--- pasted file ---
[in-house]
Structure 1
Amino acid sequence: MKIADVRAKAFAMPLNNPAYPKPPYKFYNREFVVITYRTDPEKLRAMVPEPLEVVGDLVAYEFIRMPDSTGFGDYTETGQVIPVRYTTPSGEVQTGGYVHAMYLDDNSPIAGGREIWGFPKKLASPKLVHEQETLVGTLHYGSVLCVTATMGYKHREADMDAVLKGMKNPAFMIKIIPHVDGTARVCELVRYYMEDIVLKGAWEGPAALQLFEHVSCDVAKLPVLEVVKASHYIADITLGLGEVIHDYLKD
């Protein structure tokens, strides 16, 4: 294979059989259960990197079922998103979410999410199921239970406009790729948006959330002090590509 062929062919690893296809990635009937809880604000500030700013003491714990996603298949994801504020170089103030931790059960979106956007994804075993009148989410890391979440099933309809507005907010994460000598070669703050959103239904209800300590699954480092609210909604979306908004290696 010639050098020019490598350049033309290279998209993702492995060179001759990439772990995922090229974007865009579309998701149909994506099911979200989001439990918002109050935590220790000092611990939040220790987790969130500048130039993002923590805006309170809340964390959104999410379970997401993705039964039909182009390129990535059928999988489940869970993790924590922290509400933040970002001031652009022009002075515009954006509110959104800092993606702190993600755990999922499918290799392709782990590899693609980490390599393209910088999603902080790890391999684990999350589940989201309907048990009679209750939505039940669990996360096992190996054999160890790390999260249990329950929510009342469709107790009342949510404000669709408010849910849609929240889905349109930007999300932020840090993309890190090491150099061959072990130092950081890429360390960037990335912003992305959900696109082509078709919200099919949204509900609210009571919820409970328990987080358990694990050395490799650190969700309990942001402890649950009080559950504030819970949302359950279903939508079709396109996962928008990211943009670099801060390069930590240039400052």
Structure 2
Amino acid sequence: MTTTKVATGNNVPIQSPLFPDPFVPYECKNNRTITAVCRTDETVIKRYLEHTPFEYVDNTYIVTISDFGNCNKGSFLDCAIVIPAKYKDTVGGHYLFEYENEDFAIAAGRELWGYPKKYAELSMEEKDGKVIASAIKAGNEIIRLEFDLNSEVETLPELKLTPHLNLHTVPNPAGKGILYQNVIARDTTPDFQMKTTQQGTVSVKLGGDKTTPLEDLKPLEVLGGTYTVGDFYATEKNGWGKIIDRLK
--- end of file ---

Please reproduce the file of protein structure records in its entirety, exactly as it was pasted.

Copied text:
[in-house]
Structure 1
Amino acid sequence: MKIADVRAKAFAMPLNNPAYPKPPYKFYNREFVVITYRTDPEKLRAMVPEPLEVVGDLVAYEFIRMPDSTGFGDYTETGQVIPVRYTTPSGEVQTGGYVHAMYLDDNSPIAGGREIWGFPKKLASPKLVHEQETLVGTLHYGSVLCVTATMGYKHREADMDAVLKGMKNPAFMIKIIPHVDGTARVCELVRYYMEDIVLKGAWEGPAALQLFEHVSCDVAKLPVLEVVKASHYIADITLGLGEVIHDYLKD
């Protein structure tokens, strides 16, 4: 294979059989259960990197079922998103979410999410199921239970406009790729948006959330002090590509 062929062919690893296809990635009937809880604000500030700013003491714990996603298949994801504020170089103030931790059960979106956007994804075993009148989410890391979440099933309809507005907010994460000598070669703050959103239904209800300590699954480092609210909604979306908004290696 010639050098020019490598350049033309290279998209993702492995060179001759990439772990995922090229974007865009579309998701149909994506099911979200989001439990918002109050935590220790000092611990939040220790987790969130500048130039993002923590805006309170809340964390959104999410379970997401993705039964039909182009390129990535059928999988489940869970993790924590922290509400933040970002001031652009022009002075515009954006509110959104800092993606702190993600755990999922499918290799392709782990590899693609980490390599393209910088999603902080790890391999684990999350589940989201309907048990009679209750939505039940669990996360096992190996054999160890790390999260249990329950929510009342469709107790009342949510404000669709408010849910849609929240889905349109930007999300932020840090993309890190090491150099061959072990130092950081890429360390960037990335912003992305959900696109082509078709919200099919949204509900609210009571919820409970328990987080358990694990050395490799650190969700309990942001402890649950009080559950504030819970949302359950279903939508079709396109996962928008990211943009670099801060390069930590240039400052």
Structure 2
Amino acid sequence: MTTTKVATGNNVPIQSPLFPDPFVPYECKNNRTITAVCRTDETVIKRYLEHTPFEYVDNTYIVTISDFGNCNKGSFLDCAIVIPAKYKDTVGGHYLFEYENEDFAIAAGRELWGYPKKYAELSMEEKDGKVIASAIKAGNEIIRLEFDLNSEVETLPELKLTPHLNLHTVPNPAGKGILYQNVIARDTTPDFQMKTTQQGTVSVKLGGDKTTPLEDLKPLEVLGGTYTVGDFYATEKNGWGKIIDRLK